This bin is also used in the shower to collect as much water as possible, which is also tossed outside.
We frequently use our water collected in this bin to extinguish our fires. Again, if there’s no fire ban.
A Power Source
A power source is essential if you want to stay out for more than one night. Batteries discharge rapidly in most RV’s.
In the current times, solar comes to mind immediately for many. BUT, having a lot of solar is heavy and expensive.
And if you want to run the microwave, air conditioning or coffee maker, you’re going to need a lot of heavy and expensive batteries.
Don’t get me wrong. I believe in having solar and a few batteries to run your DC systems (lights, slide, water pump, etc.).
We don’t have anything fancy. Two panels, two batteries and a charge controller. It works great!
When we want to run a space heater, the microwave, the air conditioning or charge our computers, we run two Yamaha inverter generators in parallel. Each weighs around 45 pounds.
Keep in mind that most batteries weigh that much. The generators are easy to maneuver, are quiet and very dependable. And it only takes me a few minutes to set them up.
They’re also very efficient. Generally, we use less than a gallon of gas a day for all of our needs.
Before anyone comments that our generators are loud and obnoxious, please understand that if we even have neighbors, they’re usually 100 yards away or more. Our quiet generators are inaudible to anyone.
Gas For Generator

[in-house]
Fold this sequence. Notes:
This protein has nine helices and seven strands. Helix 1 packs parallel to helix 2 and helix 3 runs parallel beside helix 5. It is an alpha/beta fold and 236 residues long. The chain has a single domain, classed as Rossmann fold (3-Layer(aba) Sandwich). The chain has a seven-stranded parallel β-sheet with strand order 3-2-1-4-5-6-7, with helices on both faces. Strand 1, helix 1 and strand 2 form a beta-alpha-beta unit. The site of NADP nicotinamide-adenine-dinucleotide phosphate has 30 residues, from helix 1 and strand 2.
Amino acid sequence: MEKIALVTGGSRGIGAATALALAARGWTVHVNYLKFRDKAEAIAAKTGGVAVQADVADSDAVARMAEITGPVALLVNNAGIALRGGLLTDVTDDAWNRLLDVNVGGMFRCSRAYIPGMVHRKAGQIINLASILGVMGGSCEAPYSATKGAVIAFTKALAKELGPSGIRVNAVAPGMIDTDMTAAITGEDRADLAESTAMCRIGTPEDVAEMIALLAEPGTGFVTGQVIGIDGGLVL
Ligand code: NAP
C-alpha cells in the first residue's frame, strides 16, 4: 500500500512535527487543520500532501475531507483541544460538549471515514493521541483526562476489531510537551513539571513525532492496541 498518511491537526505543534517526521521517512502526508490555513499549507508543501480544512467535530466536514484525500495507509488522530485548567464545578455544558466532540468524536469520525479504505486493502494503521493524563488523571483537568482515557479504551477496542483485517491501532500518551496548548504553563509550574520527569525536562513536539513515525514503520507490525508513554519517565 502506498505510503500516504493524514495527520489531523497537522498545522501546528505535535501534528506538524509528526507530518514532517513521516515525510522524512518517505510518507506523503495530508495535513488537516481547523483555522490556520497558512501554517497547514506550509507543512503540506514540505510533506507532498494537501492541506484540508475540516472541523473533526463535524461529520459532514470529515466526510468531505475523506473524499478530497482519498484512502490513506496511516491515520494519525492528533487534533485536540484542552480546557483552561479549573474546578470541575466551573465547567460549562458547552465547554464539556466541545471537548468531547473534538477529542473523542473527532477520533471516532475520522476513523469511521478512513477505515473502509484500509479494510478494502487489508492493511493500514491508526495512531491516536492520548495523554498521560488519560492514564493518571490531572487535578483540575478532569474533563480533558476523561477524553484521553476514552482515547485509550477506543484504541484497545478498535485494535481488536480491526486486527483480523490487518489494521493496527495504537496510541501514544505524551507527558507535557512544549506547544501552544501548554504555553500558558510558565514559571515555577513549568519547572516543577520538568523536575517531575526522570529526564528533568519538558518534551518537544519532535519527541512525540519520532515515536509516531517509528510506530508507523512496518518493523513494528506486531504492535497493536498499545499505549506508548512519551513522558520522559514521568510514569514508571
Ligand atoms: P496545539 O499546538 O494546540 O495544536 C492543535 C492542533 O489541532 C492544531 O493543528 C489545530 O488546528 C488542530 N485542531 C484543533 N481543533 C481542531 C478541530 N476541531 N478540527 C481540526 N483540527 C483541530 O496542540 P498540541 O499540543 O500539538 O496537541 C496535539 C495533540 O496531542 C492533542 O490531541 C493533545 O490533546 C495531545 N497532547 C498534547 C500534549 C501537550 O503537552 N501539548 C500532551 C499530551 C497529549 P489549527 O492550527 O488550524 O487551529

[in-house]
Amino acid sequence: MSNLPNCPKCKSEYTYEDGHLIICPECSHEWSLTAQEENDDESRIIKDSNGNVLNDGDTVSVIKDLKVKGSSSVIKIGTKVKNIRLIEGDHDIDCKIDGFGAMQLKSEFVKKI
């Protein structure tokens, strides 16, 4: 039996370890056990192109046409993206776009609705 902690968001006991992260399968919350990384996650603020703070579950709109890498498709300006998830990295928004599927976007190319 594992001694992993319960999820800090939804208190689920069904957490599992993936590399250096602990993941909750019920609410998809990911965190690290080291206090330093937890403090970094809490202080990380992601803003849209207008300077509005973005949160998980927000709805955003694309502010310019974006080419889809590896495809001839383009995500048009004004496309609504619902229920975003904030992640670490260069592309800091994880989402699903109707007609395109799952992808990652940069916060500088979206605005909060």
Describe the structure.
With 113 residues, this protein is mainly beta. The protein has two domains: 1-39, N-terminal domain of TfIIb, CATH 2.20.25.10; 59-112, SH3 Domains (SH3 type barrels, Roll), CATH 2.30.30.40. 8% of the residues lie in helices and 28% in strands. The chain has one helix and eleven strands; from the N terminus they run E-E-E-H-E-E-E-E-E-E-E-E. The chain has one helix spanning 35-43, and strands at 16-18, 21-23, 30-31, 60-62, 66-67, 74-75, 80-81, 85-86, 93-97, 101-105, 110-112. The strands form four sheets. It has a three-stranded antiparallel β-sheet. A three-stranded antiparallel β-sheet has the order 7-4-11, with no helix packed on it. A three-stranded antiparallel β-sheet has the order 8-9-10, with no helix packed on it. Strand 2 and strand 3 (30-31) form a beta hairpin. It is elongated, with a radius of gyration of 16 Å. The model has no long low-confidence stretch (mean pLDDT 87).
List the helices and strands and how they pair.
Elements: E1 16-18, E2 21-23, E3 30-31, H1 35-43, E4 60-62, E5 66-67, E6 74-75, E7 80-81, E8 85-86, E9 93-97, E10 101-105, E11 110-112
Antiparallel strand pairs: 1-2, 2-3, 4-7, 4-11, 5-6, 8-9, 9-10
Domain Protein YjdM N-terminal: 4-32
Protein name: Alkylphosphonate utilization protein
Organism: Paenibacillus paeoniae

We keep a 5 gallon gas container in the back of the truck. Whenever we run errands, I swing by and top it off.
Not to prevent running out, but rather as a means to dump our trash somewhere that we patron.
“Get unstuck devices”
If you boondock, it’s not if, but when you get stuck. So before you hit the road (dirt road), learn the capabilities of your vehicle and the methods of freeing yourself from “sticky situations.”
There are all kinds of tricks. And there’s also all kinds of devices to have on hand that can help.
We’ve found the Campco leveling blocks that look like Lego’s to work remarkably well under the wheels if we’re stuck. They’re small, light and inexpensive. Of course, we need them for our stabilizers anyway.
They’ve gotten us out of a “bind” on several occasions.
Again, learn some methods and tricks before embarking on your boondocking adventure.
Shovel And Leveling Devices
Boondocking land is uneven. And if you want your propane based fridge to work correctly, you need to be somewhat level. Besides, who wants to sleep on an angle.
There are a lot of devices. And bigger, more luxurious rigs have automatic leveling systems. But they can’t go where we go. And sometimes they fail.
So, we’ve found a shovel, a level and the Anderson leveling blocks to be all we need.
All three are inexpensive, easily attainable and work great. We shot a video about all the tricks we use leveling a travel trailer. It might be helpful to watch.
Apps For Finding Locations
Amazing locations are hidden. And before apps, it was by word of mouth that people knew about any great locations. And usually just locals.
But now, all the great apps have led to saturation of some of the most popular boondocking locations. It’s good and it’s bad. That’s a topic for another time.
We have found the following apps to be instrumental in finding our boondocking locations:
- Google Maps
- Open Signal
- Boondockers Bible.com
This is an amazing resource that I completely digested before setting out on our journey. We owe Steve and his crew a debt of gratitude!
If you plan on this lifestyle, use our information combined with theirs and you’ll be good to go!
Outstanding to find locations within your cell coverage and solid reviews of each location.
Excellent for finding locations to camp and potable water and dump stations.